Teri and I had one last issue to produce in the meantime. Ball Publishing decided that we would use issue 30 as a way to announce Roadside’s sale and to give the existing readers something before we entered yet another hiatus. Teri and I saw this issue as capping the end of an era. While this might be the last Roadside that looked like Roadside, I hardly lamented the evolution. I always wanted the magazine bigger, more colorful, and covering a wider scope, but I had some concerns about alienating the core readership.

Teri and I completed Issue 30 much as we did most of the issues before it. Produced from my home computer, printed in Worcester, and distributed through my home office. From an editorial standpoint, I felt we did justice to all the others we published together, though it bothered me to some degree that Ball Publishing would not spend an extra thousand or so dollars for any additional color within its $6 million budget. That issue featured a story on Googie architecture by Ron Saari illustrated with striking color images that deserved the extra spending. Instead, and for the first time ever, I posted a feature online simply so that people could see these photographs in color.

Though Issue 30 bore the mark of Ball Publishing, it closed the chapter of Coffee Cup's independence.

Also, our story on the Collinsville catsup bottle gave me yet another opportunity to publish a story that covered a part of my cross-country trip. Readers responded well to the cover image of the dedicated volunteers who helped save the bottle set against the looming restored image of the water-tank-as-icon.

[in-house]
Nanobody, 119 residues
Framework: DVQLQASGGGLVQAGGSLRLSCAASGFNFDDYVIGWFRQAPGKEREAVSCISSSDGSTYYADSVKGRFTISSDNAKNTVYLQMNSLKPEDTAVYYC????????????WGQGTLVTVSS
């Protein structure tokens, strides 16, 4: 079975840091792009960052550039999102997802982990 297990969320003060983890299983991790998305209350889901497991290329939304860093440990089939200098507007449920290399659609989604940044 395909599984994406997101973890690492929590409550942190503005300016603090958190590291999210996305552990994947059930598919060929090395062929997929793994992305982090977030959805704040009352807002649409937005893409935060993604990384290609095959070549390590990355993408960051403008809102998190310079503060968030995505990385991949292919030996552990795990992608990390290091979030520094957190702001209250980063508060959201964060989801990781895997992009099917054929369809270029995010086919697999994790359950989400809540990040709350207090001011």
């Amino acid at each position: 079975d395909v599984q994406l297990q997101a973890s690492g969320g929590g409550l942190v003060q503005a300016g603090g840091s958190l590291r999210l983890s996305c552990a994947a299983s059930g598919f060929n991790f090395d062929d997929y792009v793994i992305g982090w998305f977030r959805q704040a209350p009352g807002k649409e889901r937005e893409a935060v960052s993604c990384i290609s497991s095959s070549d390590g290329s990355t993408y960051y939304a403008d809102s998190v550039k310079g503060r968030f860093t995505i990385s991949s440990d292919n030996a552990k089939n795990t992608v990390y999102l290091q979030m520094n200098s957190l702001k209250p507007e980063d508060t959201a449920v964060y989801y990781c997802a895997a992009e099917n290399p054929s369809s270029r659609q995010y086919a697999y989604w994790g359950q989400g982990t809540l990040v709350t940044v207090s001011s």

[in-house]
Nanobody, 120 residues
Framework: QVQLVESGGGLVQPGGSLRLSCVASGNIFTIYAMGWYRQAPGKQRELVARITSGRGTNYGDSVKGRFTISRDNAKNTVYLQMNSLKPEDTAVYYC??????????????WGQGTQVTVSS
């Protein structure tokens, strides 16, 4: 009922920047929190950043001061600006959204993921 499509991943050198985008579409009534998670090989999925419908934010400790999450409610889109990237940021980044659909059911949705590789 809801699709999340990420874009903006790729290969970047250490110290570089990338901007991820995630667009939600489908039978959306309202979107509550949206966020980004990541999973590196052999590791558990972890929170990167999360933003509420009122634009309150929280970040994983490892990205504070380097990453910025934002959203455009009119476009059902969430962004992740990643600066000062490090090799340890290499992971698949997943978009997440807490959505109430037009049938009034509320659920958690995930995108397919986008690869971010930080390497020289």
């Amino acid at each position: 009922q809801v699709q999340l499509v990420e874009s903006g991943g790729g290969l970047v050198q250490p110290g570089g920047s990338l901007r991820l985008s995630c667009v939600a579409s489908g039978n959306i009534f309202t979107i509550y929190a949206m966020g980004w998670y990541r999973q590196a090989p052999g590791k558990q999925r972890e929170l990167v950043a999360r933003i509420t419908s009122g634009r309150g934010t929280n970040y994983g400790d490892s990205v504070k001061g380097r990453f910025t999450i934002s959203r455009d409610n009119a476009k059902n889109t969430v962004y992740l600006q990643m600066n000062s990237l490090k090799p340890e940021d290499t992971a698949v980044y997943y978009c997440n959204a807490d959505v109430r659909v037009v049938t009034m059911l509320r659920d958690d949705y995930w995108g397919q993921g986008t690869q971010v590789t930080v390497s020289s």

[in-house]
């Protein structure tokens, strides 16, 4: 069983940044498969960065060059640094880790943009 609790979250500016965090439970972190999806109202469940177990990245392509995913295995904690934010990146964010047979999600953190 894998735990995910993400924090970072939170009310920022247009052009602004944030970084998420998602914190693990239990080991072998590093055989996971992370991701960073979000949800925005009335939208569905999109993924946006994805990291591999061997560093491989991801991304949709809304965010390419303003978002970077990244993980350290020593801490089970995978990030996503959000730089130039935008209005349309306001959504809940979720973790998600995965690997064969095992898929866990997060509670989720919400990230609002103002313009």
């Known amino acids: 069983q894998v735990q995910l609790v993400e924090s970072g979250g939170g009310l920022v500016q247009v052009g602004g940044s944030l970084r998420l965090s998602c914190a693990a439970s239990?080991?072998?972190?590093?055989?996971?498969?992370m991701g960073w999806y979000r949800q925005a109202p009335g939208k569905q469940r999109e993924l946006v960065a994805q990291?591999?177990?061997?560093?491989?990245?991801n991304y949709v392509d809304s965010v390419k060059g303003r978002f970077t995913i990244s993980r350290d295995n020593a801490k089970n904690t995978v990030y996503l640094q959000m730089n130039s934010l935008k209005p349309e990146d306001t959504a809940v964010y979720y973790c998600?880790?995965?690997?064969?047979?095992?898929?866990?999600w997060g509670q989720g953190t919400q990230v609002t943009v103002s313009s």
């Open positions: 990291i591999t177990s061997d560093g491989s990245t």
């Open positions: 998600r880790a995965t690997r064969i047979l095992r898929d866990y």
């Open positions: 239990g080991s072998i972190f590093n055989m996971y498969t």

With that, a chapter closed on the magazine’s history. It had then officially grown out of its cottage industry roots. Roadside, we thought, was about to step out.

About this time, the word “quirky” entered everyone’s description of the magazine, as in “Roadside is a quirky travel magazine.” After a couple of weeks of that, I began to wince every time I heard the word, and I desperately searched for a proper synonym. As Ball Publishing struggled to target a specific demographic, I tried my best to describe the Roadside reader, mainly based on the fact that I had met a significant number of them – at Roadside events, at Diner-Rama, and during my tours of the back roads visiting diners. I knew both instinctively and by observation, that Roadside had a well-educated, typically professional, and extremely literate audience. I saw them as older baby-boomers who had grown weary of the commercial landscape and looked for escape. Roadside helped point the way.

That wasn’t good enough, of course. Martens at this point introduced his latest corporate mantra, which he chanted at every opportunity: “I’m selling access to an audience.” It seemed extremely important to him that I tow the line on Roadside’s description as a travel magazine. “I can sell a travel magazine,” he would tell me more than once. “I can’t sell a lifestyle magazine.” For me, Roadside hardly fit into any easy genre. I saw it both as a travel magazine for people who lived a certain lifestyle, or conversely a lifestyle magazine for people who traveled a certain way. Either way, really, it didn’t matter. I felt certain it would find its audience.

But to make Martens happy, I assured him that I would regard Roadside as a “travel magazine.” Whatever. Just let me go get the stories.

 Next time: The storm brews